Security Tools Podcast

Professor Angela Sasse FREng on Human-Centered Security

Episode Summary

Lately, we’ve been hearing more from security experts who are urging IT pros to stop scapegoating users as the primary reason for not achieving security nirvana. After covering this controversy on a recent episode of the Inside Out Security Show, I thought it was worth having an in-depth conversation with an expert.

Episode Notes

Lately, we’ve been hearing more from security experts who are urging IT pros to stop scapegoating users as the primary reason for not achieving security nirvana. After covering this controversy on a recent episode of the Inside Out Security Show, I thought it was worth having an in-depth conversation with an expert.

So, I contacted Angela Sasse, Professor of Human-Centred Technology in the Department of Computer Science at University College London, UK. Over the past 15 years, she has been researching the human-centered aspects of security, privacy, identity and trust. In 2015, for her innovative work, she was awarded the Fellowship of the Royal Academy of Engineering(FREng) for being one of the best and brightest engineer and technologist in the UK.

In part one of my interview with Professor Angela Sasse, we cover the challenges that CISOs have in managing risk while finding a way to understand what’s being asked of the user. And more importantly, why improving the usability of security can positively impact an organization’s profits.


Cindy Ng: Since 1999, Professor Angela Sasse has researched and promoted the concept of having security that works with and for users and their organization. She accomplishes this by appealing to the bottom line. Her hallmark paper, "Users Are Not the Enemy," argues that security frameworks designed with the users are dangerous approach creates barriers that users must overcome in order to do their jobs, which makes it a resort intensive administrative burden for their organization.

For her exceptional work in 2015, Professor Angela Sasse was awarded the Fellowship of the Royal Academy of Engineering as being one of the best and brightest engineers and technologists in the UK.

I think what you're doing is multilayered, multifaceted, and you're targeting two very different fields where you're trying to think about how to design innovative technologies that are functional while driving the bottom line. So that's B2B and then also improve the well-being of individuals and society and that's B2C and the strategies of those two things are very different. So maybe to just peel the layers back to start from the beginning, your research focuses on human usability of security and perhaps privacy too. Maybe it might be helpful to define what usability encompasses.

Angela Sasse: Okay. So, usability, there's a traditional definition, there's an, you know, International Standards Organization definition of it, and it says,"Usability is if a specified user group can use the mechanism to achieve their goals in a specified context of use." And that actually makes it really quite, quite complex, because what it's really saying is there isn't a sort of, like, hard-line measure of what's usable and what isn't. It's about the fit, how well it fits the person that's using it and the purpose they're using it for in the situation that they're using it.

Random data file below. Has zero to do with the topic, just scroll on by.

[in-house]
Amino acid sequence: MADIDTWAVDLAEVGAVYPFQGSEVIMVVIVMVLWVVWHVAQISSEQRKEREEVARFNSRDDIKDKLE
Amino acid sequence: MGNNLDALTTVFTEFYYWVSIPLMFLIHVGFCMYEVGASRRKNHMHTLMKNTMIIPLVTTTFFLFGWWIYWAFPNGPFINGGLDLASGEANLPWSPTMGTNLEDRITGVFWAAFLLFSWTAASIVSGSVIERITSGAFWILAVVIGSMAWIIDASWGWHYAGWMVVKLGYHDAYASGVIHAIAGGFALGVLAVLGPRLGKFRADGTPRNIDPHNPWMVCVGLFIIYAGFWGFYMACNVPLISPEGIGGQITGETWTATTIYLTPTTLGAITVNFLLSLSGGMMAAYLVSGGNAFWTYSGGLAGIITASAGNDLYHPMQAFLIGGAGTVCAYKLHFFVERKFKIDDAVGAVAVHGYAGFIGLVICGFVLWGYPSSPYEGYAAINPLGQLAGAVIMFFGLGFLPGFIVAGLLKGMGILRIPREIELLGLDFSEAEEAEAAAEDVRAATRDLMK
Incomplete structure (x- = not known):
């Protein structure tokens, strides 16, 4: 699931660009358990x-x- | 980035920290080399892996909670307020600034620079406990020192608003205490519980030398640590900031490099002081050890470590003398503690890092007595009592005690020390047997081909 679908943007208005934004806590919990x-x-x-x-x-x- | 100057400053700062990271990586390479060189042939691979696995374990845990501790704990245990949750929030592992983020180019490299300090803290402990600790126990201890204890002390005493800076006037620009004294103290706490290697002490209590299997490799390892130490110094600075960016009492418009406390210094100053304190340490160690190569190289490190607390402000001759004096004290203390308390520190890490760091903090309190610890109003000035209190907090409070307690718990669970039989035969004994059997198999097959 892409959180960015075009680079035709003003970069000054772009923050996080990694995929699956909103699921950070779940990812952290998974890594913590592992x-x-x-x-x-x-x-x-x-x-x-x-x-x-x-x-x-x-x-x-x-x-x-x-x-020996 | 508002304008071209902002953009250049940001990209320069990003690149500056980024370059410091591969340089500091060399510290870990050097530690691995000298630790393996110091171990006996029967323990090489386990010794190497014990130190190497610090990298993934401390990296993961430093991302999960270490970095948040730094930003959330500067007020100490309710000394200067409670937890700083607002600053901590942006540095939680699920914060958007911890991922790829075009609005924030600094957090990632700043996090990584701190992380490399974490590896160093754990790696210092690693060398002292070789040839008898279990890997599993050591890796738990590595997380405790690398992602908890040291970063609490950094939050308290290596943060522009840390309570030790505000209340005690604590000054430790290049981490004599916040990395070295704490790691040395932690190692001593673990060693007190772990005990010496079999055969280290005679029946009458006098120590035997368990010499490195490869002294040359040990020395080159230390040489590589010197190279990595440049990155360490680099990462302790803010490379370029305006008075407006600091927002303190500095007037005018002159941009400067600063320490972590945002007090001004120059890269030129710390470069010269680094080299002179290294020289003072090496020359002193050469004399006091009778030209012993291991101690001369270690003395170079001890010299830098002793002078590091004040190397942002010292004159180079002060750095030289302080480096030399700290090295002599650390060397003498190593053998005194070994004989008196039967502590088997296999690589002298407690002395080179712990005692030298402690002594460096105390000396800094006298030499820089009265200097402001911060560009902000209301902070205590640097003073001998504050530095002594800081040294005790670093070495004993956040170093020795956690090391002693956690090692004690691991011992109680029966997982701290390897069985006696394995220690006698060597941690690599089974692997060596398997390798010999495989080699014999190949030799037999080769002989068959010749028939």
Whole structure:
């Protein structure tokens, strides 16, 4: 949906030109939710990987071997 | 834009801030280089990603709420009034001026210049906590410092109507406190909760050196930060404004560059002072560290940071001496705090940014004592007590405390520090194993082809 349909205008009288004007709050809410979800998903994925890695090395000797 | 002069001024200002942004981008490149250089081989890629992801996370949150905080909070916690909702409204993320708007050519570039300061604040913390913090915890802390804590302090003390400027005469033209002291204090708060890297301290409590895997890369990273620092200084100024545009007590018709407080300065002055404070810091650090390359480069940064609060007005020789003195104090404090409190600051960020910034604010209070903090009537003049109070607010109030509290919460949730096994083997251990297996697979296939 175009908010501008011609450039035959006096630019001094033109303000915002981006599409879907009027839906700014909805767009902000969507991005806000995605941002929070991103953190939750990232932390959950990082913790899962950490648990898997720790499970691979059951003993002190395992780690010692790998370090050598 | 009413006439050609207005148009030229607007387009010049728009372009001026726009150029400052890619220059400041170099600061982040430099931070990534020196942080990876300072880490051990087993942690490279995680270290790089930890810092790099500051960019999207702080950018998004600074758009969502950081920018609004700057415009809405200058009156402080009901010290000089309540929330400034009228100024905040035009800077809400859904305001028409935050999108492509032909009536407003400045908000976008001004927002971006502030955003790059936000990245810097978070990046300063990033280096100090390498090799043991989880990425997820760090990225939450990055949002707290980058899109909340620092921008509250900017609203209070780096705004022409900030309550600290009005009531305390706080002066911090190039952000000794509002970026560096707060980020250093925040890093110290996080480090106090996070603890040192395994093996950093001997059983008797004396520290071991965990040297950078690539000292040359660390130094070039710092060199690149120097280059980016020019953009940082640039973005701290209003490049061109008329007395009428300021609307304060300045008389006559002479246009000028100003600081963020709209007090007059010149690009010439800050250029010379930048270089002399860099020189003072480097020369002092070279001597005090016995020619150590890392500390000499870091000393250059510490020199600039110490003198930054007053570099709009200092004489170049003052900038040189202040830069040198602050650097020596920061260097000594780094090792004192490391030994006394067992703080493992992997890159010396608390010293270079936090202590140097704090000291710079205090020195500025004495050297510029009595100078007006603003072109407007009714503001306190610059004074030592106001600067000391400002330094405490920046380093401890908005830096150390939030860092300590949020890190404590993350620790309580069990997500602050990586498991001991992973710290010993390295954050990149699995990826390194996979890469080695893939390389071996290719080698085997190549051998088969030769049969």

Cindy Ng: Usability is more about the user, the human and not necessarily the technology, it's, after all, just a tool. And we have to figure out a way to fit usability into the technology we're using.

Angela Sasse: Yes, of course, and what it amounts to is that, of course, it's not economic. It wouldn't be economically possible to get a perfect fit for a 120 different types of interactions in situations that you do. What we generally do is we use four or five different forms of interaction, you know, that work well enough across the whole range of interactions that we do. So their locally optimal and globally optimal, so you could make a super good fit for different situations. But if you don't want to know about 120 different ways of doing something, so globally optimal is to have a limited set of interactions and symbols and things that you're dealing with when you're working with technology.

So, security, however, one of the things that a lot of people overlook when it comes to security and usability is that from the user's point of view, security is always what usability people call a secondary task or enabling task. So this is a task I have to do to get to the thing I really want to do, and so the kind of tolerance or acceptance that people have for delays or difficulty is even less than with their sort of primary interactions.

Cindy Ng: It's like a chore. For instance, an example would be I need to download an app, perhaps, in order to register for something.

Angela Sasse: Yeah, and so what you want to do is, you know, you want to use the app for a particular purpose, and then if you basically have...if the user perceives that in order to be able to use the app, you know, all the stuff you have to do to get to that point is too much of a hurdle, then most of them would just turn around and say, "It's not worth it. I'm not going ahead."

Cindy Ng: When it comes to the security aspect how does a CISO or an IT security admin decide that users are dangerous, and that if they only had the same knowledge that I have, that they would behave differently. Where does downloading the app or using a website intersect with the jobs of what a CISO does?

Angela Sasse: CISO is trying to manage the risks, and some of the risks might affect the individual employee or individual customer as well. But other risks are really risks to the organization, and if something went wrong it wouldn't directly affect the employee or the customer. But I think what, a CISO or SysAdmin, I would say to them is, "You've got to understand what you are asking the user to do. You have to accept that you're a security specialist, and you are focused on delivering security, but you're the only person in the organization for whom security is a primary task.

For everybody else, it's a secondary task. It's a hurdle they have to jump over in order to do what they've been trained for, what they are good at, what they're paid to do. And so it's in your best interest to make that hurdle as small as possible. You should effectively manage the risk, but you've got to find ways of doing it that no one really bothers, where you're really taking as little time and effort away from the people who have to do it. Because otherwise you end up eating all the profits. Right?"